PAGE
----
# Surface tension and capillary rise

The expression for the height rise in a capillary tube is well known, and the surface tension of the liquid air interface is involved. But as I understand the adhesion force between the water and glass molecules is responsible for this height rise. Then how can this expression be dependent only on the liquid air interface surface tension? Shouldn't the forces between the solid and liquid and liquid and liquid also be involved? Or is it so that the contact angle already is the result of all these forces, and that is why these do not appear in the expression?

• – user14250 May 15 '20 at 10:19

Your conjecture is correct: The rise of a liquid in a capillary is not just a function of the liquid-air surface tension but also the liquid-solid surface energy, AND this liquid-solid surface energy is present in the equation and its effect is represented by the contact angle parameter in the capillary rise equation.

Derivation of the capillary rise equation appears to be a bit involved, but there seems to be a good description here: Capillary Rise Equation Derivation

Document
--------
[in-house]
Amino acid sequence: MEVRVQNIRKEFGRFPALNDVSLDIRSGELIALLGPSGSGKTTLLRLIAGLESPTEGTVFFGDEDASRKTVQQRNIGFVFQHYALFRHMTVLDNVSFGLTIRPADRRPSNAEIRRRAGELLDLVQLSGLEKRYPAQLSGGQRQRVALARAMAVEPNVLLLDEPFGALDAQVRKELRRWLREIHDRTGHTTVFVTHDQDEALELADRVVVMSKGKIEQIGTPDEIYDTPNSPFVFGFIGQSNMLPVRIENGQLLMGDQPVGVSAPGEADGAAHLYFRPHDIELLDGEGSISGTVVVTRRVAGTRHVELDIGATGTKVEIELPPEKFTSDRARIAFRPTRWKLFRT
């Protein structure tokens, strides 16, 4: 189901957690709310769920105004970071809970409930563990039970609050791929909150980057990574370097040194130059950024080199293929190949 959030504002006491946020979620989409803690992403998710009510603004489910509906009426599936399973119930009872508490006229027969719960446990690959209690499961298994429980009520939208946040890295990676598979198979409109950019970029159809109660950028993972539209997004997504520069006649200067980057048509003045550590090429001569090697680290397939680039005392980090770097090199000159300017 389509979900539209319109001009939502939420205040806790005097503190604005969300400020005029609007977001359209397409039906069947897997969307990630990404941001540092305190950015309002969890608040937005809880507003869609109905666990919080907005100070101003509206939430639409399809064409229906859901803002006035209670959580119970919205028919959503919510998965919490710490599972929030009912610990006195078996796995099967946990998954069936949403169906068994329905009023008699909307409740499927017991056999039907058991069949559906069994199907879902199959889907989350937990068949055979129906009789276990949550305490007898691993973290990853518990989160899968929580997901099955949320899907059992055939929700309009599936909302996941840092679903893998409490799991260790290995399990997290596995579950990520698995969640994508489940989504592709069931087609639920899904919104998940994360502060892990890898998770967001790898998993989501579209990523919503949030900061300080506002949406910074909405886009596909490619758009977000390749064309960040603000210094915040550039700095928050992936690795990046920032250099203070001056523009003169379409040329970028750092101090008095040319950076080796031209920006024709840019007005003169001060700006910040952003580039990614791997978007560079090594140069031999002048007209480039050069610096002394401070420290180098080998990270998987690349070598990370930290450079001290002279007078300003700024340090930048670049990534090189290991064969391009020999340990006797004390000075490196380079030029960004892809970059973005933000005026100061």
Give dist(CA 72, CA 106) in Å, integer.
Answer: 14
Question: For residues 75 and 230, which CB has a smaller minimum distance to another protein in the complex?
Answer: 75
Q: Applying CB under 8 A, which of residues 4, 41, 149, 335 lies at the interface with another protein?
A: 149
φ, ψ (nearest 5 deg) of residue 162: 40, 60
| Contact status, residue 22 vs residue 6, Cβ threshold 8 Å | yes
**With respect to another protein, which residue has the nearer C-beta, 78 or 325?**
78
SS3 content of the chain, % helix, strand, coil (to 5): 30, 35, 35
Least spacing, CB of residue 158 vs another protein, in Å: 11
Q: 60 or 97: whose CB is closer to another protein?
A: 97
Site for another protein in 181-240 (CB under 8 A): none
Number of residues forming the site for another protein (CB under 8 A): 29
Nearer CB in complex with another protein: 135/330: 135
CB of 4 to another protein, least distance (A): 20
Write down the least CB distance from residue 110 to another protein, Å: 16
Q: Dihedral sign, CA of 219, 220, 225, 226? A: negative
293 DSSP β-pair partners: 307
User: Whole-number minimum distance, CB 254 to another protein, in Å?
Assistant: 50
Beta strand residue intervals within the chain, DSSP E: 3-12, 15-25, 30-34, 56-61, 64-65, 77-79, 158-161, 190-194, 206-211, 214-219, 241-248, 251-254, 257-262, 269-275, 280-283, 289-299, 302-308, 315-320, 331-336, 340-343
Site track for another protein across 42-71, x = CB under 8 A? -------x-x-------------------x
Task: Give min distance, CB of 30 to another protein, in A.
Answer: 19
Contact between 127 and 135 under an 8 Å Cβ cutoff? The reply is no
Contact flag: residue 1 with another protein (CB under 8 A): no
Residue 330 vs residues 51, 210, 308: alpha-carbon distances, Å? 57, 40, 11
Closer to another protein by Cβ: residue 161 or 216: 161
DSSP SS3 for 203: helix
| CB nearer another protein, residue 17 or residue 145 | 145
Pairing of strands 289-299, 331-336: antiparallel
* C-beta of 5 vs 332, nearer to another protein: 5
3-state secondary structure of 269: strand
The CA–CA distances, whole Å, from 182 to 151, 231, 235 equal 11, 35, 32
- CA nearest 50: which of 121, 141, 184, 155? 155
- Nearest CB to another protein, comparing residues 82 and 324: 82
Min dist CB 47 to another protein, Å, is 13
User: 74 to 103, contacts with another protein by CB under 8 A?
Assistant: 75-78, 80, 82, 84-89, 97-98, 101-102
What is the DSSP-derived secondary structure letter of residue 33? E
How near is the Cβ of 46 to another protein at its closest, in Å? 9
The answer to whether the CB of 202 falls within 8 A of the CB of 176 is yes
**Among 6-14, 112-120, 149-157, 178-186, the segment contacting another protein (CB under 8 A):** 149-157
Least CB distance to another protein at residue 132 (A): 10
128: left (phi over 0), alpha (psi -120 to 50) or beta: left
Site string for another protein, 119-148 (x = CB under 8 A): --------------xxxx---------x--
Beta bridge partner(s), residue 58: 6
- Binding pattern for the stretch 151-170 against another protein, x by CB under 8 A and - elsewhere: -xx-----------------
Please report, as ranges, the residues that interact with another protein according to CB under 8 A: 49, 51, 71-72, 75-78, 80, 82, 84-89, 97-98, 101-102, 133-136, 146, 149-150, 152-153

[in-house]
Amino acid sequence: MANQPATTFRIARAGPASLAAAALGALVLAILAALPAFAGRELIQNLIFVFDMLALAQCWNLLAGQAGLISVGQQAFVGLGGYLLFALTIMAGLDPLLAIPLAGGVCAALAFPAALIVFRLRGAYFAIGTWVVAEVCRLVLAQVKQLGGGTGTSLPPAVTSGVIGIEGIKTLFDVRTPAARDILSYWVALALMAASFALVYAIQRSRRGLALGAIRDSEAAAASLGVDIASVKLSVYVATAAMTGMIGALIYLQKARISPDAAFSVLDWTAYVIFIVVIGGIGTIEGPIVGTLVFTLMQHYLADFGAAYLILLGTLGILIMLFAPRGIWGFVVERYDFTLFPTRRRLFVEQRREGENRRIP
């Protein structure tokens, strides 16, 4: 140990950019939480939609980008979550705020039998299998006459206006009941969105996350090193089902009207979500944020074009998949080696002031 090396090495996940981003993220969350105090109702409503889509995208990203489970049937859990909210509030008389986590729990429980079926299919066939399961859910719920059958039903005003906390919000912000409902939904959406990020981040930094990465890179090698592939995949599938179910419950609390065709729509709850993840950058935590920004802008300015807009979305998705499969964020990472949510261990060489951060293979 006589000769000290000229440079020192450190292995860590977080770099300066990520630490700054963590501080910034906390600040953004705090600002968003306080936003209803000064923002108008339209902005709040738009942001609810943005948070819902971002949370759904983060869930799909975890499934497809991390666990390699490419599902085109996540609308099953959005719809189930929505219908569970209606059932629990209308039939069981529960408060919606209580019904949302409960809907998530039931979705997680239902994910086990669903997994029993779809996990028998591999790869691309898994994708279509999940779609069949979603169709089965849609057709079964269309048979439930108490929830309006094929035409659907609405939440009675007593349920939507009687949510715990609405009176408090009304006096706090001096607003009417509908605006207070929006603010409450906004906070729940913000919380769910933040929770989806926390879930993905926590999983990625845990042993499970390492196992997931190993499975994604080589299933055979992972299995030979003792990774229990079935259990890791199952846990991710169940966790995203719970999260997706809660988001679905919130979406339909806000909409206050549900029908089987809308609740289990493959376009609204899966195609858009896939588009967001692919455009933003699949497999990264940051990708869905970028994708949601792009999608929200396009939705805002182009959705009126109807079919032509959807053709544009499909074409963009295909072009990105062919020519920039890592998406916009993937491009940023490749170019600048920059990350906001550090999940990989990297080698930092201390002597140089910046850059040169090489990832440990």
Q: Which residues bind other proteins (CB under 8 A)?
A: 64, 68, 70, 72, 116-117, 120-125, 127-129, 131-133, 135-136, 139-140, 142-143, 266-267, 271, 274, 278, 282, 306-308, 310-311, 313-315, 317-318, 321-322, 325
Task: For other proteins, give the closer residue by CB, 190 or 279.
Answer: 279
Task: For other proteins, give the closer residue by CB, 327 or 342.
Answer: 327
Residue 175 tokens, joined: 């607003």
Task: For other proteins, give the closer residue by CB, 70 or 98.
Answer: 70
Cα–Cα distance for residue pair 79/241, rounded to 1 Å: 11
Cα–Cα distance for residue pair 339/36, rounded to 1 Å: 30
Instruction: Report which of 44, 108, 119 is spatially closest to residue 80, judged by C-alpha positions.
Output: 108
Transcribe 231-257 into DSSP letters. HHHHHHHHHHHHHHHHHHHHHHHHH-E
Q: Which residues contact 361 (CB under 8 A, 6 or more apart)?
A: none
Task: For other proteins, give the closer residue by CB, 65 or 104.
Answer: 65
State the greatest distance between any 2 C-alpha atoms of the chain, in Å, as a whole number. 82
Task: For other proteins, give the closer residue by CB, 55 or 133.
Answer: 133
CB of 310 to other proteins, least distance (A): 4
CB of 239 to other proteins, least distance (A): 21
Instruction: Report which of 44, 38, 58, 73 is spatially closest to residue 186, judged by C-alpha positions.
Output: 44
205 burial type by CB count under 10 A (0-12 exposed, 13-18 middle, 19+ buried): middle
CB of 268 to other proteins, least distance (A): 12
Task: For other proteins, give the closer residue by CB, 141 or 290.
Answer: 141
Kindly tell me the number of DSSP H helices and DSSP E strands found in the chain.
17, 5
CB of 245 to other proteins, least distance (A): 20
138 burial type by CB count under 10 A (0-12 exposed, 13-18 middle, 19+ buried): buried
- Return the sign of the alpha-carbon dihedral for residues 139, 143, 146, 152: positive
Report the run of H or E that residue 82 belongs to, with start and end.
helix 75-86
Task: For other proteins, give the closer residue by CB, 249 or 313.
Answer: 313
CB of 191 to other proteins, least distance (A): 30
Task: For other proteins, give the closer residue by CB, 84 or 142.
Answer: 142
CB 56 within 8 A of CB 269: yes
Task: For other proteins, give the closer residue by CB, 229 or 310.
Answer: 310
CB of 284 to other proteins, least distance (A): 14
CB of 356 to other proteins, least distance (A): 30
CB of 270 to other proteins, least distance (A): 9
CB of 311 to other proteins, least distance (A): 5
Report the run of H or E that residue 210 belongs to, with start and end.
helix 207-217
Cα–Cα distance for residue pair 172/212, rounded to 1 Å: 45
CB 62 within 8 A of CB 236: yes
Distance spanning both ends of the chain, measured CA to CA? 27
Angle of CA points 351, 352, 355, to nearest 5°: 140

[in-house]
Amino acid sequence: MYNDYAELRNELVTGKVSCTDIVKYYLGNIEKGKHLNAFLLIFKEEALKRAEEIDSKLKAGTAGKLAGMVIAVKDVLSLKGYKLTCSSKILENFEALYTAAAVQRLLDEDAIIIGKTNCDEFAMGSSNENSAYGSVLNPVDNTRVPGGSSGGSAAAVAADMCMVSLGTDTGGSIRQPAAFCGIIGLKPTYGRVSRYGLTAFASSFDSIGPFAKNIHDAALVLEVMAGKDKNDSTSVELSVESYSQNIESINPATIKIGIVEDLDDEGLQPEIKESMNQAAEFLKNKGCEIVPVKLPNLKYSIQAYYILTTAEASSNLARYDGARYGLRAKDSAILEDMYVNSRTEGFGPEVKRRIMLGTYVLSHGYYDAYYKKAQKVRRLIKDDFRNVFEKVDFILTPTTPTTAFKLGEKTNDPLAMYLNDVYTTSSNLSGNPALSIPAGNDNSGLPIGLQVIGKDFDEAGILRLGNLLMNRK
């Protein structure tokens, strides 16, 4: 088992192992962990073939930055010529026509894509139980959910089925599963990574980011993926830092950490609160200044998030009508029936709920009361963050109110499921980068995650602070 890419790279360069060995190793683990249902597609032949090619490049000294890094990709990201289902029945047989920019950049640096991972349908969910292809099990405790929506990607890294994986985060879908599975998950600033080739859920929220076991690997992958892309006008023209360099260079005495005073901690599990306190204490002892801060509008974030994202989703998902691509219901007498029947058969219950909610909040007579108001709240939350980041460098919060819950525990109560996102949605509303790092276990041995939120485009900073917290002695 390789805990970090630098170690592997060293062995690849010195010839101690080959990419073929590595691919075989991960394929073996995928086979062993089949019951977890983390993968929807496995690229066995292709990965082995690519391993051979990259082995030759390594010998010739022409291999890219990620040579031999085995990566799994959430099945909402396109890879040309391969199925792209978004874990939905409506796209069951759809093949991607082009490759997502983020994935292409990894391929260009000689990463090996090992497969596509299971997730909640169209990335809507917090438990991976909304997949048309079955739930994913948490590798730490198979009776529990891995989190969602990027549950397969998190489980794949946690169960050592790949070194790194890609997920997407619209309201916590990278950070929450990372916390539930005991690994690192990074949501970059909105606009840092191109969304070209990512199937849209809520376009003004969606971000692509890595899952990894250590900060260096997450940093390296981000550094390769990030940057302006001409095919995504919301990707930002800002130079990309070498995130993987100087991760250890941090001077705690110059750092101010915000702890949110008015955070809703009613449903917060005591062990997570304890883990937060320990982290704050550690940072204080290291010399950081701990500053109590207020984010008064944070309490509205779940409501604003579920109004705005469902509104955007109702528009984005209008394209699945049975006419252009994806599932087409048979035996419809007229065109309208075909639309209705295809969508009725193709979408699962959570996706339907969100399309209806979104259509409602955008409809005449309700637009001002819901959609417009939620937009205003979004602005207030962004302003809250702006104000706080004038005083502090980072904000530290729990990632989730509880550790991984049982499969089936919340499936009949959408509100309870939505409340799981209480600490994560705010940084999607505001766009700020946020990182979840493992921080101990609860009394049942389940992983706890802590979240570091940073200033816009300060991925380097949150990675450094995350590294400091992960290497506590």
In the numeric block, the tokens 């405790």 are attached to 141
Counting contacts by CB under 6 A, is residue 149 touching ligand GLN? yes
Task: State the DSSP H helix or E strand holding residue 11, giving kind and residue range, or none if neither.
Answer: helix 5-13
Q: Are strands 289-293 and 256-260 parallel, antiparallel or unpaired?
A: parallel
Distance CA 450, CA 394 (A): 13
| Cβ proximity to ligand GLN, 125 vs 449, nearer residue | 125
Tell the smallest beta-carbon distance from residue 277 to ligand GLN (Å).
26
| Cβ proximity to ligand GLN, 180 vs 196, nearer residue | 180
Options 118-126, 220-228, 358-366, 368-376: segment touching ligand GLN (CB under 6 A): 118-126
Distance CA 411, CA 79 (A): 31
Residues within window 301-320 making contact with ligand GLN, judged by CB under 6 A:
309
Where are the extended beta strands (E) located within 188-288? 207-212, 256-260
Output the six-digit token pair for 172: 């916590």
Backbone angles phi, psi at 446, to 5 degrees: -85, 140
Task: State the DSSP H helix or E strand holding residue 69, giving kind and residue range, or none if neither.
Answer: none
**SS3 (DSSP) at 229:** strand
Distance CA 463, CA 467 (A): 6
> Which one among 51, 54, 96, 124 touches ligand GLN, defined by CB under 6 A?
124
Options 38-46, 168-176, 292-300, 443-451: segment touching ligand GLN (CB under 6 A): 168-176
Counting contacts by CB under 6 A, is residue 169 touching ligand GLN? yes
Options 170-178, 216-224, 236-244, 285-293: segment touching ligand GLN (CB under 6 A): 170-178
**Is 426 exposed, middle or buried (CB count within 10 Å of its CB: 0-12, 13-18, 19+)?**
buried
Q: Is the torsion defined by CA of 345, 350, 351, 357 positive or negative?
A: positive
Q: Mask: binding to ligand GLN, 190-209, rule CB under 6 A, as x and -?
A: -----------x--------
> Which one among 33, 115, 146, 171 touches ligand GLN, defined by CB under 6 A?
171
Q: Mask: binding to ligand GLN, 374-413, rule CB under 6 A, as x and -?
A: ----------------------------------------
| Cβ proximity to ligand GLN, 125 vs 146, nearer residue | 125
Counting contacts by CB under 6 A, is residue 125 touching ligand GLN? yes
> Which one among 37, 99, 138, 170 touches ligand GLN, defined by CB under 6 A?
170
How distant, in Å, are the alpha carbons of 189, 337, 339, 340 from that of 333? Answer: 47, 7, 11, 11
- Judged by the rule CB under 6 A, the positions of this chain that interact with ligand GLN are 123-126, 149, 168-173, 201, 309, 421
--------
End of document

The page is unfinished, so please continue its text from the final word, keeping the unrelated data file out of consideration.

Note Figure 8.1 in the linked document: Even though it is the same liquid and same air for the two capillaries shown, in one capillary the rise is positive while in the other the rise is negative. The difference between the two capillaries? In one the contact angle is positive while in the other the contact angle is negative, presumably because the two capillaries are made of different materials so they have different liquid-solid surface energies.

You are right - the contact angle is indeed a function of the forces between the liquid and the wall. So when the capillary rise equation predicts the rise for a liquid with a given contact angle, it accounts for this effect.

So how does the contact angle relate to this energy? The Young-Dupré equation tells us that the relationship is:

$$\gamma(1+\cos\theta_c) = \Delta W_{SLV}$$

So given the energy $W_{SLV}$ per unit area for the liquid/solid interface, we can find $\theta$. As you can see, if the energy is equal to the surface tension of the liquid, then the contact angle will be 90°. When the energy is greater, the contact angle will be less than 90° - this corresponds to hydrophilic surfaces. For hydrophobic surfaces, it's the other way around.